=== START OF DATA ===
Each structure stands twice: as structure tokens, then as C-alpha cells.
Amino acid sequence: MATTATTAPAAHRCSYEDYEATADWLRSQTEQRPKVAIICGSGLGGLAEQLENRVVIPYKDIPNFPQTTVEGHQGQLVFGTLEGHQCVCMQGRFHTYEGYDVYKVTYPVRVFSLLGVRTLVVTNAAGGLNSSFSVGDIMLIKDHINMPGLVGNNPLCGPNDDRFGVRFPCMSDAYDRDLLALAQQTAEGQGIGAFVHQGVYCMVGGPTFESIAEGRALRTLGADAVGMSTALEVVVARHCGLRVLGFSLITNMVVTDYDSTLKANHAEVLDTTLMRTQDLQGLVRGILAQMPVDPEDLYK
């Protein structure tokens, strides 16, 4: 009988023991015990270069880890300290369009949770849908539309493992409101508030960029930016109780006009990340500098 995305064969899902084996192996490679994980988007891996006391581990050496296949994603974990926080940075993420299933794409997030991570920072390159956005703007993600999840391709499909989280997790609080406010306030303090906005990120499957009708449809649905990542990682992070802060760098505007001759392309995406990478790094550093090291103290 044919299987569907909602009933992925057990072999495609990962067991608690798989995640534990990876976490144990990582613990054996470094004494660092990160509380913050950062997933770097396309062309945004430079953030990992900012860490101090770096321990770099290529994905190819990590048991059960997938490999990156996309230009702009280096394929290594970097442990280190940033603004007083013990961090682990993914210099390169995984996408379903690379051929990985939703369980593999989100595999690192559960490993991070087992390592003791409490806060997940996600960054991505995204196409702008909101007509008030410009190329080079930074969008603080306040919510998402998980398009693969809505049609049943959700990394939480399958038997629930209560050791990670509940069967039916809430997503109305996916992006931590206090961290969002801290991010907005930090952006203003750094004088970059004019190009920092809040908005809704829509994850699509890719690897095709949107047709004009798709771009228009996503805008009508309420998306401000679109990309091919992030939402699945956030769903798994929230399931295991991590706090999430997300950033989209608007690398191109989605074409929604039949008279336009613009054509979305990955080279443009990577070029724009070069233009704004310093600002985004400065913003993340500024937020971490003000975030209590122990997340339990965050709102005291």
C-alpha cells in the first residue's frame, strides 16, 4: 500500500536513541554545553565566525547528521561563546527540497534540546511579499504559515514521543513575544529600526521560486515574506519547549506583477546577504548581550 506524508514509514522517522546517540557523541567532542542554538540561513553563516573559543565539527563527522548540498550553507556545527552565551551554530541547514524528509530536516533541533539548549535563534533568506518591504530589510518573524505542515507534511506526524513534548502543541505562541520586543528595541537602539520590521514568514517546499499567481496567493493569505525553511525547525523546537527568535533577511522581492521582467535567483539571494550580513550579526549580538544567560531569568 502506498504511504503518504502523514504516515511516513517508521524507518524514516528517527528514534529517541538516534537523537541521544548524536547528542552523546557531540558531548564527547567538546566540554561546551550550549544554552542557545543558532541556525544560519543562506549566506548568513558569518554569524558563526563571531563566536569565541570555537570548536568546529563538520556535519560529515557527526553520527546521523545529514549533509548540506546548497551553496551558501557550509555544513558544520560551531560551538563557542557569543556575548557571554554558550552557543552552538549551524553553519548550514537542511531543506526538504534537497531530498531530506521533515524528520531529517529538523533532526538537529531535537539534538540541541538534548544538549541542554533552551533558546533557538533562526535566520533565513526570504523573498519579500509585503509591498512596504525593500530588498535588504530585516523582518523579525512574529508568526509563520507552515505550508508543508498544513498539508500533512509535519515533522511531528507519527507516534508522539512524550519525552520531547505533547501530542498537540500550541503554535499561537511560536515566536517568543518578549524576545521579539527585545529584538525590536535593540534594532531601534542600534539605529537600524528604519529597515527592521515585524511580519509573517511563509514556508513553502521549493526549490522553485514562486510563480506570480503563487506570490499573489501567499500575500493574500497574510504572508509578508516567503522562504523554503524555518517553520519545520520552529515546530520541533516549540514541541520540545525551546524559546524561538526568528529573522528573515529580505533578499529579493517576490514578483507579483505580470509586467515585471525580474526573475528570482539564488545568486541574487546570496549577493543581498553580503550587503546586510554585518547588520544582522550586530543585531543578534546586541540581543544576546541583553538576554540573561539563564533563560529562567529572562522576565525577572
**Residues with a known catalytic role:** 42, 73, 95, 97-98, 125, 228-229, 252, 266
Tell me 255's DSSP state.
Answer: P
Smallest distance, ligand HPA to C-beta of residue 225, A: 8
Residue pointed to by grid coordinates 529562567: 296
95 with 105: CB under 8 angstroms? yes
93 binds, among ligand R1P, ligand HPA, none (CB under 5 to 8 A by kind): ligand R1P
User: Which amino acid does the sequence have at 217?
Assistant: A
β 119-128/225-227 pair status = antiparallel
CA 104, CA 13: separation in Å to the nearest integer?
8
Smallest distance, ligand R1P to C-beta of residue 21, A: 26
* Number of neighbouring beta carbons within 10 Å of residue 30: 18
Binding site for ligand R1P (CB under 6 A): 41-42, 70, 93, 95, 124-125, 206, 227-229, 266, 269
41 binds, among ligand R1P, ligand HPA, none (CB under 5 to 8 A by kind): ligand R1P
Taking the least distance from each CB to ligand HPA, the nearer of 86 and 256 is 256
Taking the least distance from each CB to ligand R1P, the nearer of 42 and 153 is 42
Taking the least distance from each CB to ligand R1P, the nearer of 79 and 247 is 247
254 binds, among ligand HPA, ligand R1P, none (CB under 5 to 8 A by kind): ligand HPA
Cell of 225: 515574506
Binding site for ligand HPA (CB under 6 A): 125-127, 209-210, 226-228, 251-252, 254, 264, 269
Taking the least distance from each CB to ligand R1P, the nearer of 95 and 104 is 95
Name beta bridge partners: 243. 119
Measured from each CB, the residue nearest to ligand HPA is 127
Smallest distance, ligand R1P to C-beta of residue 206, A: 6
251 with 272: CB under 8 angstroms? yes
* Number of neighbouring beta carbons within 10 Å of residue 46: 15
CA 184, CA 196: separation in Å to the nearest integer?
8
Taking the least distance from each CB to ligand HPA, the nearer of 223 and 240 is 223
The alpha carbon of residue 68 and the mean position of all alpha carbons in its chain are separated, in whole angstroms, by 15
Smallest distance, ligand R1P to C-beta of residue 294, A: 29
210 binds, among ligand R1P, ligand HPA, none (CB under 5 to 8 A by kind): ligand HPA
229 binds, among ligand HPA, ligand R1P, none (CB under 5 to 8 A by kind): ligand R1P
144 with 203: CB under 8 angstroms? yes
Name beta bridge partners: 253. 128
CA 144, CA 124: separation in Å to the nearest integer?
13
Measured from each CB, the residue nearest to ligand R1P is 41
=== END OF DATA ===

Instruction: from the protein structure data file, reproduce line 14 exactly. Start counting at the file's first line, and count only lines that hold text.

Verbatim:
β 119-128/225-227 pair status = antiparallel